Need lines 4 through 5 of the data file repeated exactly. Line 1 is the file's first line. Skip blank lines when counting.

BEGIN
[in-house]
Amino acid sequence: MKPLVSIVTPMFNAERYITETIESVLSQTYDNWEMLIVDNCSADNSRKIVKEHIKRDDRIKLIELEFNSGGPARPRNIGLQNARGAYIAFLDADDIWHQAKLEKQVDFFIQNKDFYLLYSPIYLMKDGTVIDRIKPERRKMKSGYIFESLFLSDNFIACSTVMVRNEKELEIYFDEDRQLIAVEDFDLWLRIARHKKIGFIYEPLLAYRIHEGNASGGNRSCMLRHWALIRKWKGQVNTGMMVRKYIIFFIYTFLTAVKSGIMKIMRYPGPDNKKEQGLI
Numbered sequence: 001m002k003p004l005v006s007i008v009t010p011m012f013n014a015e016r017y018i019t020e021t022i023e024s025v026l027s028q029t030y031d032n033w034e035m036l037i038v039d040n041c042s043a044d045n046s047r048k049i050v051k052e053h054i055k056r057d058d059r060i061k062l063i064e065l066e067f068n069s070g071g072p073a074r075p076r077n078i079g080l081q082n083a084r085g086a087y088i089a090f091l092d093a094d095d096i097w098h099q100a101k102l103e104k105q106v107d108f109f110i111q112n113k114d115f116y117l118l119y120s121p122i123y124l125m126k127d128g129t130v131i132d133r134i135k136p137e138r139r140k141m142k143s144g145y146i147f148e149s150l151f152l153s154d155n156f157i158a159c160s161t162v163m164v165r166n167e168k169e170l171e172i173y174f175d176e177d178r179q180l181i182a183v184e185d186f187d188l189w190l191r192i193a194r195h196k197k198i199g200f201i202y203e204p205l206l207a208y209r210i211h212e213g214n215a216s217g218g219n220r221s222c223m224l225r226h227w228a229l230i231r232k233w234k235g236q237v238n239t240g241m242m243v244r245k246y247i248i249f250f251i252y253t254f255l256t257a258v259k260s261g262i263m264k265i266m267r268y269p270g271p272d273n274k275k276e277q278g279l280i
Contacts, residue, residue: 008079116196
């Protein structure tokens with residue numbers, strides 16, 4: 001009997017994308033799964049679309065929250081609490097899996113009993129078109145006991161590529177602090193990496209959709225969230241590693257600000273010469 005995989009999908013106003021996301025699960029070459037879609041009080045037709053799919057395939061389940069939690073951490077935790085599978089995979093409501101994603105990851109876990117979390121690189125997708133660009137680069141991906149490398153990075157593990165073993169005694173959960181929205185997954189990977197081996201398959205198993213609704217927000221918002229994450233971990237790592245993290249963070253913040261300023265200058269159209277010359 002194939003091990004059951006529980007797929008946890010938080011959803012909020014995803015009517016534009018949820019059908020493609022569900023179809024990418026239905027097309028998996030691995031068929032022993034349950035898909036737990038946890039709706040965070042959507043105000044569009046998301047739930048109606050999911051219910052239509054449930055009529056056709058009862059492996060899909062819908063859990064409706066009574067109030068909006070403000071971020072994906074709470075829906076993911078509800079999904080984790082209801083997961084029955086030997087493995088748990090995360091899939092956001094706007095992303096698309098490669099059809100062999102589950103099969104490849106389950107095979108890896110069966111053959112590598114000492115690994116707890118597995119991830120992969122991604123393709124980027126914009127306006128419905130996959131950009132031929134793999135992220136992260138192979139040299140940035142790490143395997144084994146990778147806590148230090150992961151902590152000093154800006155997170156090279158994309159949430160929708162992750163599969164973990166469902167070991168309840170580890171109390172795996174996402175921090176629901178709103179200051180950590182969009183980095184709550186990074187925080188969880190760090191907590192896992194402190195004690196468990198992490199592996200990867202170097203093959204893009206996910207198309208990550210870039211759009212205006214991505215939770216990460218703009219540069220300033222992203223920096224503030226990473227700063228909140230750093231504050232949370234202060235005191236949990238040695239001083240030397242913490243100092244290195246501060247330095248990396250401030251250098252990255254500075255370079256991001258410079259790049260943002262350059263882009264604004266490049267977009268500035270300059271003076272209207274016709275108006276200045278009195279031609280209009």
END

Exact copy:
Contacts, residue, residue: 008079116196
């Protein structure tokens with residue numbers, strides 16, 4: 001009997017994308033799964049679309065929250081609490097899996113009993129078109145006991161590529177602090193990496209959709225969230241590693257600000273010469 005995989009999908013106003021996301025699960029070459037879609041009080045037709053799919057395939061389940069939690073951490077935790085599978089995979093409501101994603105990851109876990117979390121690189125997708133660009137680069141991906149490398153990075157593990165073993169005694173959960181929205185997954189990977197081996201398959205198993213609704217927000221918002229994450233971990237790592245993290249963070253913040261300023265200058269159209277010359 002194939003091990004059951006529980007797929008946890010938080011959803012909020014995803015009517016534009018949820019059908020493609022569900023179809024990418026239905027097309028998996030691995031068929032022993034349950035898909036737990038946890039709706040965070042959507043105000044569009046998301047739930048109606050999911051219910052239509054449930055009529056056709058009862059492996060899909062819908063859990064409706066009574067109030068909006070403000071971020072994906074709470075829906076993911078509800079999904080984790082209801083997961084029955086030997087493995088748990090995360091899939092956001094706007095992303096698309098490669099059809100062999102589950103099969104490849106389950107095979108890896110069966111053959112590598114000492115690994116707890118597995119991830120992969122991604123393709124980027126914009127306006128419905130996959131950009132031929134793999135992220136992260138192979139040299140940035142790490143395997144084994146990778147806590148230090150992961151902590152000093154800006155997170156090279158994309159949430160929708162992750163599969164973990166469902167070991168309840170580890171109390172795996174996402175921090176629901178709103179200051180950590182969009183980095184709550186990074187925080188969880190760090191907590192896992194402190195004690196468990198992490199592996200990867202170097203093959204893009206996910207198309208990550210870039211759009212205006214991505215939770216990460218703009219540069220300033222992203223920096224503030226990473227700063228909140230750093231504050232949370234202060235005191236949990238040695239001083240030397242913490243100092244290195246501060247330095248990396250401030251250098252990255254500075255370079256991001258410079259790049260943002262350059263882009264604004266490049267977009268500035270300059271003076272209207274016709275108006276200045278009195279031609280209009």